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Oakdale High Alum Interns With Scottish Parliament
Across The Pond
Oakdale High School alumnus Lindsay Combs poses in front of ruins of a cathedral across the street from the Scottish Parliament. The 2013 OHS graduate spent nearly four months earlier this year serving an internship at the Parliament. Photo Contributed

It was just three short years ago that Oakdale High School alumnus Lindsay Combs graced the stage to accept her diploma along with other members in the OHS Class of 2013. Later this month, she will begin her senior year at Brigham Young University as a Broadcast Journalism major.

“I’m majoring in Broadcast Journalism because I wanted to learn how to read and write,” she said of her initial interest in the major. “I also wanted to learn to be a composed and articulate speaker.”

Proving to be wise in her initial choice, Combs nonetheless has an interest beyond her major and education at BYU. Once completing her basic studies she intends to continue her education attending law school.

“I want to go to law school so I can one day prosecute for sexual assault crimes,” Combs said of her long term goal. It’s a chosen career that will greatly benefit from public speaking skills.

“The trial process can be extremely difficult,” she continued, “and many cases never even make it that far. I knew I wanted to work with victims somehow and I decided that helping to give them some closure through a trial is the best way I can help with the healing process.”

To further aid with her future pursuit of law school, earlier this year Combs spent time with the Scottish Parliament as an intern. She shared that she became interested in the opportunity immediately upon learning about it during her freshman year at BYU. Participation in an internship is a requirement of her major. An internship with the Scottish Parliament will enhance her application to law school.

“For two years I saved money and worked to become a better applicant,” she said. “When it was time, I worked with a BYU professor to put together my application and hoped for the best.”

Her efforts proved beneficial as she was accepted to intern with Scottish Parliament member Dennis Robertson-Aberdeenshire West and his assistant Frances Johnston for close to four months earlier this year.

“I did just about anything Dennis needed from me,” Combs explained. “This ranged from running his Social Media to attending meetings on his behalf, to organizing a country-wide conference. Each day was filled with press releases, tweets, newspaper articles, blog posts, meetings, research and a whole lot of political talk.”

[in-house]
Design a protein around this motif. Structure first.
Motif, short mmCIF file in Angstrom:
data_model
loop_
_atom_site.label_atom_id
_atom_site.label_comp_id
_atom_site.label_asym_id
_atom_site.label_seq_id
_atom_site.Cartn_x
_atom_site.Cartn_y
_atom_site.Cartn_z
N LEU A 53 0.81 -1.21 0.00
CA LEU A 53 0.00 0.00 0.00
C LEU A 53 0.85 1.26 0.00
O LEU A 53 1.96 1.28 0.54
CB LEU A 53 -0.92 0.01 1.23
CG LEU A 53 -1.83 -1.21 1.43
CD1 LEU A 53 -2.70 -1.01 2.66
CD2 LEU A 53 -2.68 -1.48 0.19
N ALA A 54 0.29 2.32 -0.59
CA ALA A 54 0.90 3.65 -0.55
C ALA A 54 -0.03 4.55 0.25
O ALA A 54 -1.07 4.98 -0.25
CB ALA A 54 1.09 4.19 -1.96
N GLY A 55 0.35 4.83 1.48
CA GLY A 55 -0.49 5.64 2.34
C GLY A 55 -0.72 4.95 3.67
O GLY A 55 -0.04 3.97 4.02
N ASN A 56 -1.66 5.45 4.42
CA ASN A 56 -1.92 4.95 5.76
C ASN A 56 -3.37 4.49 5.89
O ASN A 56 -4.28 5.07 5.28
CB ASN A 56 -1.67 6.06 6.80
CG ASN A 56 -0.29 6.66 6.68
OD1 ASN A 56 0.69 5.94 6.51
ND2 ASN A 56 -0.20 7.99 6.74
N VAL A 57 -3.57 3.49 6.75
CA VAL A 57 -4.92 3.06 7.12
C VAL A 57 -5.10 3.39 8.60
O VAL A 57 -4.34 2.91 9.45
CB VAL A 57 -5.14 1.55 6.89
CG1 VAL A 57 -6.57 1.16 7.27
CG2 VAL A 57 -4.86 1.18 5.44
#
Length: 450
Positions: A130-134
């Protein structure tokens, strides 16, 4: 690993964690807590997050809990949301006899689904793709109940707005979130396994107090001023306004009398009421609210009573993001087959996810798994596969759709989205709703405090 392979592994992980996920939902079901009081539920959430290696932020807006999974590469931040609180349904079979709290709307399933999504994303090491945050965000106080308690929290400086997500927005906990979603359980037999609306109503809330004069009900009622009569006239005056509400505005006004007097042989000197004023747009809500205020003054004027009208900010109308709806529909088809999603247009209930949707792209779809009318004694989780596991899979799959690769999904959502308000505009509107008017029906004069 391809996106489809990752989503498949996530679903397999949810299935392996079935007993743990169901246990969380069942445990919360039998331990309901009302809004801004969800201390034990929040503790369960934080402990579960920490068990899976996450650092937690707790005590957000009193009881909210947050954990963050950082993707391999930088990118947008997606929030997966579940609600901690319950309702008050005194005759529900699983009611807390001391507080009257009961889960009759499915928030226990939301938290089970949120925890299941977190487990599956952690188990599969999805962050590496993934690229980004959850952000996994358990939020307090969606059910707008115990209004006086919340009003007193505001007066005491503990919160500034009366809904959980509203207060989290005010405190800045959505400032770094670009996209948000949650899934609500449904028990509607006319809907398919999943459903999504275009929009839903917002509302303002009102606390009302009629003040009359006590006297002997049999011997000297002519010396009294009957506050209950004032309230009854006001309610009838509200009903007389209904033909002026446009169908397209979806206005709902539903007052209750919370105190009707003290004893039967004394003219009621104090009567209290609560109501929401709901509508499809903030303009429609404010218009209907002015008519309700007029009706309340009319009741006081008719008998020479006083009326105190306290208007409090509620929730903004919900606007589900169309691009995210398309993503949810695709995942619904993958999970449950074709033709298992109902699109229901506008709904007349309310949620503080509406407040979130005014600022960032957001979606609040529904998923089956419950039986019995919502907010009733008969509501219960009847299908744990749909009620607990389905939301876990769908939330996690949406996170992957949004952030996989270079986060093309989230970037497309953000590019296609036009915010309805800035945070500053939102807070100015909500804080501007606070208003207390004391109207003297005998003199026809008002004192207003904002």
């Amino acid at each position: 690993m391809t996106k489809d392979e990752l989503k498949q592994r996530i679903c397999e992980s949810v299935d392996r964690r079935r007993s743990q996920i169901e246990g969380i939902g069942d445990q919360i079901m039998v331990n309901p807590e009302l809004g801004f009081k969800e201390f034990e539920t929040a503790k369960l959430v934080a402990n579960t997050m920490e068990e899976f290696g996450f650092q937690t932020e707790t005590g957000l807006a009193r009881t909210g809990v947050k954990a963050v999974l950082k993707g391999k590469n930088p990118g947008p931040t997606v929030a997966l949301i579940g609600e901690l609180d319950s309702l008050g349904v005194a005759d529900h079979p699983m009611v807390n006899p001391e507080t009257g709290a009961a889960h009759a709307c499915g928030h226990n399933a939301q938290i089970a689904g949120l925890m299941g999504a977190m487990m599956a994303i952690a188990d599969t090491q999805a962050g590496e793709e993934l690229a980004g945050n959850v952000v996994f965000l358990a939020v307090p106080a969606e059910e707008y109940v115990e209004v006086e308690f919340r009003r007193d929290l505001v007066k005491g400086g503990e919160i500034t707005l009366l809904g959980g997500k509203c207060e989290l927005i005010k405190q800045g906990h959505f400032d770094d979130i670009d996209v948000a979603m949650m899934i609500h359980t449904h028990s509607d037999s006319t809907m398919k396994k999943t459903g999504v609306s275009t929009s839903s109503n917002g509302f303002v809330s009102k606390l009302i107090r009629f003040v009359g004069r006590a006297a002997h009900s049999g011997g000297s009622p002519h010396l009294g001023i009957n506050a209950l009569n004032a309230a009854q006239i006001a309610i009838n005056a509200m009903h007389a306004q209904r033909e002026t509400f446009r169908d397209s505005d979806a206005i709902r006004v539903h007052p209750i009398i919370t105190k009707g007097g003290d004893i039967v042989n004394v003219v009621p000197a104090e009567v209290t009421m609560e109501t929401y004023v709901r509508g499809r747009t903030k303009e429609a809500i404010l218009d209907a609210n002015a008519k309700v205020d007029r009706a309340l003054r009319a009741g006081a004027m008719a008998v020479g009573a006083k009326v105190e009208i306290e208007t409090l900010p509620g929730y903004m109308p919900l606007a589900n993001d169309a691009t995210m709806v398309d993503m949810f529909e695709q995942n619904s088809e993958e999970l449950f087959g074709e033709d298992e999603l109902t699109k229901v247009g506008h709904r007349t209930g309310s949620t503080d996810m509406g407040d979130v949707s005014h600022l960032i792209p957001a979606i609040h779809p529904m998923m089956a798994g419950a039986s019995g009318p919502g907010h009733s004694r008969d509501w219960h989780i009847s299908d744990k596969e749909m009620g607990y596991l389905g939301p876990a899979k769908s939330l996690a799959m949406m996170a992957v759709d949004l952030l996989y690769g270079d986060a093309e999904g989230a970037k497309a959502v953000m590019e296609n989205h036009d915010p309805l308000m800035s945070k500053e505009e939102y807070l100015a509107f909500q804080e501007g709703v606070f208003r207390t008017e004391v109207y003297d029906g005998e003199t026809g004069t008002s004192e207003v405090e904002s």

American politics were noted as the most talked about topic during her stay, most specifically in an election year.

“I loved hearing their perspective and getting the chance to see various political philosophies on both a micro and macro level,” Combs stated.

While staying abroad, the BYU senior shared she roomed with another BYU student in an apartment found utilizing Craigslist. The arrangement, she acknowledged, made her parents a bit nervous, yet proved to be ideal.

Combs stated learning to decipher the Scottish accent was one of the toughest adjustments.

“I had quite a few people warn me about it before I arrived,” she said, admitting to not giving it much thought beyond that. “The hardest thing was the Scottish accent varies so drastically from region to region. To make it worse they have such a different vocabulary.

“The first couple of days I kept hearing Frances talk about Dennis’s diary and I was so confused,” she said. “I came to realize they use the word “diary” as “schedule.”

When posed with the question of her Oakdale education and how it prepared her for her current chapter in life, Combs stated she was grateful to Oakdale educators for her development as a student.

“That being said,” she continued, “if I could say one thing to Oakdale students it would be that they should never place limits on themselves. Part of the plague of a small town is that it sometimes seems impossible to do grand things in life; that “important” people don’t come from humble towns like Oakdale. Throughout my time at BYU I’ve realized that my Oakdale education and upbringing gave me unique gifts that students in many other places didn’t receive. I’m grateful to have been raised in Oakdale with teachers and mentors that care so deeply about us, and took the time to help me develop more than just academically.”